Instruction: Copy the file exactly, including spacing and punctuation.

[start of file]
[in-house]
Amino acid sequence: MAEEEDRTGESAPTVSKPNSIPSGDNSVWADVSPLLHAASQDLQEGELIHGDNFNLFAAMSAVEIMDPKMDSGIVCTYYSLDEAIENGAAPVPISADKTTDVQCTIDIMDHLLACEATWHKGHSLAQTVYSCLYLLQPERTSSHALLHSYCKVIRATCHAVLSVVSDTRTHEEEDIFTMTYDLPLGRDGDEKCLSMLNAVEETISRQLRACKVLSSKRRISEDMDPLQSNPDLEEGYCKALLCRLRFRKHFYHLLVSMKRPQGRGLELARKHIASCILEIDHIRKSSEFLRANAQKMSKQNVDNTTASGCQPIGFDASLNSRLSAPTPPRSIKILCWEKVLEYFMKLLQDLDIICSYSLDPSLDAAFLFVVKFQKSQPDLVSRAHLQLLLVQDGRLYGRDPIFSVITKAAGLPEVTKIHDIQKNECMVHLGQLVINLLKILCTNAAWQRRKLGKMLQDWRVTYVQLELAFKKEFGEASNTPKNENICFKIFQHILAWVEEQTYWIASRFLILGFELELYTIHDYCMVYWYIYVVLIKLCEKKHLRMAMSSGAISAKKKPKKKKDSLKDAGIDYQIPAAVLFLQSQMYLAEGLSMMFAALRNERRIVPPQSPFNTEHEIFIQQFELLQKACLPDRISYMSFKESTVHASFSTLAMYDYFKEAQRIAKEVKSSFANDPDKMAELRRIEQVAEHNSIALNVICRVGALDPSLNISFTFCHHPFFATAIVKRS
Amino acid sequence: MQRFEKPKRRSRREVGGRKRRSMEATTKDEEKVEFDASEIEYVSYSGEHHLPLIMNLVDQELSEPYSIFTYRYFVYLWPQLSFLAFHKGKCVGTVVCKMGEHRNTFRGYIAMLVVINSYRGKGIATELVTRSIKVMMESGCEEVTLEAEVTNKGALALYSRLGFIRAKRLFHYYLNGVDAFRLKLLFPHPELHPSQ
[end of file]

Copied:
[in-house]
Amino acid sequence: MAEEEDRTGESAPTVSKPNSIPSGDNSVWADVSPLLHAASQDLQEGELIHGDNFNLFAAMSAVEIMDPKMDSGIVCTYYSLDEAIENGAAPVPISADKTTDVQCTIDIMDHLLACEATWHKGHSLAQTVYSCLYLLQPERTSSHALLHSYCKVIRATCHAVLSVVSDTRTHEEEDIFTMTYDLPLGRDGDEKCLSMLNAVEETISRQLRACKVLSSKRRISEDMDPLQSNPDLEEGYCKALLCRLRFRKHFYHLLVSMKRPQGRGLELARKHIASCILEIDHIRKSSEFLRANAQKMSKQNVDNTTASGCQPIGFDASLNSRLSAPTPPRSIKILCWEKVLEYFMKLLQDLDIICSYSLDPSLDAAFLFVVKFQKSQPDLVSRAHLQLLLVQDGRLYGRDPIFSVITKAAGLPEVTKIHDIQKNECMVHLGQLVINLLKILCTNAAWQRRKLGKMLQDWRVTYVQLELAFKKEFGEASNTPKNENICFKIFQHILAWVEEQTYWIASRFLILGFELELYTIHDYCMVYWYIYVVLIKLCEKKHLRMAMSSGAISAKKKPKKKKDSLKDAGIDYQIPAAVLFLQSQMYLAEGLSMMFAALRNERRIVPPQSPFNTEHEIFIQQFELLQKACLPDRISYMSFKESTVHASFSTLAMYDYFKEAQRIAKEVKSSFANDPDKMAELRRIEQVAEHNSIALNVICRVGALDPSLNISFTFCHHPFFATAIVKRS
Amino acid sequence: MQRFEKPKRRSRREVGGRKRRSMEATTKDEEKVEFDASEIEYVSYSGEHHLPLIMNLVDQELSEPYSIFTYRYFVYLWPQLSFLAFHKGKCVGTVVCKMGEHRNTFRGYIAMLVVINSYRGKGIATELVTRSIKVMMESGCEEVTLEAEVTNKGALALYSRLGFIRAKRLFHYYLNGVDAFRLKLLFPHPELHPSQ